Active Implantable Medical Device (AIMD) safety assessments in MRI per ISO/TS 10974 may include computer simulations to evaluate radio-frequency (RF) induced heating of tissue and RF induced voltage at the device.  It is not known if the differences in assessments between High-Pass (HP) and Low-Pass (LP) RF coils can be ignored. In this work, electric-fields and AIMD related RF induced heating and voltage results from HP and LP coils were compared. It was determined that there is a significant difference in safety assessment results between HP and LP coils (maximum symmetric mean absolute percentage error 50.21 ± 0.68%).


Comparison of Pacemaker Lead Tip Heating at 1.5 T and 3T
Jessica Martinez M, Volkan Acikel, Patrick Magrath, Daniel Ennis
Imaging patients with pacemakers at magnetic fields higher than 1.5T is widely contraindicated due to safety concerns. Since SAR increases with B0² it is expected that lead tip heating (LTH) may increase substantially. Recent studies, however, provide evidence that contradicts this belief. Electromagnetic damping can occur in highly conductive materials at high field strengths and may result in lower LTH. Our objective was to compare LTH at 1.5T and 3T for five pacemakers with realistic implant configuration in the ASTM torso phantom. The results obtained showed that heating at 3T was not greater than 1.5T, which supports the argument that electromagnetic damping can result in lower LTH at higher field strengths.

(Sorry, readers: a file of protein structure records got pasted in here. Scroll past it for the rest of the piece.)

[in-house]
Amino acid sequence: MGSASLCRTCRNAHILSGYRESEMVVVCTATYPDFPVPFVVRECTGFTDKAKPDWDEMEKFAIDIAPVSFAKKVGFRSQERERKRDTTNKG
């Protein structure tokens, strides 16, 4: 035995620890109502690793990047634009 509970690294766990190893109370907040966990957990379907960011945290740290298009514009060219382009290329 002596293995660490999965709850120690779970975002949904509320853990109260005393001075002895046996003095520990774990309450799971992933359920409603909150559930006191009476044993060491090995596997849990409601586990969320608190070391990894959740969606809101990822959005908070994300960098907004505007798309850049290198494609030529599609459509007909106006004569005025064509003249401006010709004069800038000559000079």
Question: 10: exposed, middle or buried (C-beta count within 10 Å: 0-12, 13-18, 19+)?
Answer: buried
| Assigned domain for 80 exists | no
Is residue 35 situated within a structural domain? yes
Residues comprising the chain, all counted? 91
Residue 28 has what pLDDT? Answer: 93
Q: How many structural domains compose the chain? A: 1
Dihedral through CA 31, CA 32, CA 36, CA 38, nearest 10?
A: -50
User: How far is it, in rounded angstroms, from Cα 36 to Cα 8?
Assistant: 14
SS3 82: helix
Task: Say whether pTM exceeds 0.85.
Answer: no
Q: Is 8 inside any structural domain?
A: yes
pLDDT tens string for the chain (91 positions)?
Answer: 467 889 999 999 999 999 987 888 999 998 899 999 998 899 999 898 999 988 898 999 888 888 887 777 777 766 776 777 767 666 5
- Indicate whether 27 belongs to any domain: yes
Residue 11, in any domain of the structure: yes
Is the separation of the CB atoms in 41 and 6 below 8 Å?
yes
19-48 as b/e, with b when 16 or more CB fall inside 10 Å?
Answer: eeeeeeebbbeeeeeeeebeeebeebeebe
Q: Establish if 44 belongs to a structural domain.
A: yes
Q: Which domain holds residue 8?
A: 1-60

The Effect of Patient Orientation on Pacemaker Lead-Tip Heating at 1.5T
Jessica Martinez M, Volkan Acikel, Patrick Magrath, Daniel Ennis
Patients with pacemakers or implantable cardioverter defibrillators (ICDs) may require an MRI exam of any body part. Clinical guidelines indicate that patient orientation in the scanner depends only on the body part under examination. Lead tip heating (LTH) is also a function of patient orientation. In this study our objective was to compare LTH for head-first and feet-first orientations for five pacemakers with realistic implant configuration in the ASTM torso phantom. Our results suggest that depending on the anatomical region examined, proper patient orientation in the MRI scanner can reduce LTH.


On the SAR load of typical head protocols at 7T
Oliver Kraff, Britta Hüning, Andreas Deistung, Viktor Pfaffenrot, Andreas Bitz, Mark Ladd, Harald Quick
In this retrospective study, log files of the RF safety watchdog system were evaluated from 30 head exams performed at 7T in conjunction with the widely available 32-channel Nova Medical head coil. Head local SAR as reported by the PALI and the start/end times of each sequence were compared for eight different sequence types. This study aimed at providing insights into the expected RF exposure in UHF neurological protocols and may become useful in simulations to study realistic exposure scenarios, as well as to determine which sequences may be acceptable if a SAR reduction is required for a 7T exam.


Static Magnetic Field (B0) Gradient Evaluation of a Compact 3T MR Scanner
Yunhong Shu, Shengzhen Tao, Mark Vermilyea, Thomas Foo, Paul Weavers, Joshua Trzasko, John III Huston, Matt Bernstein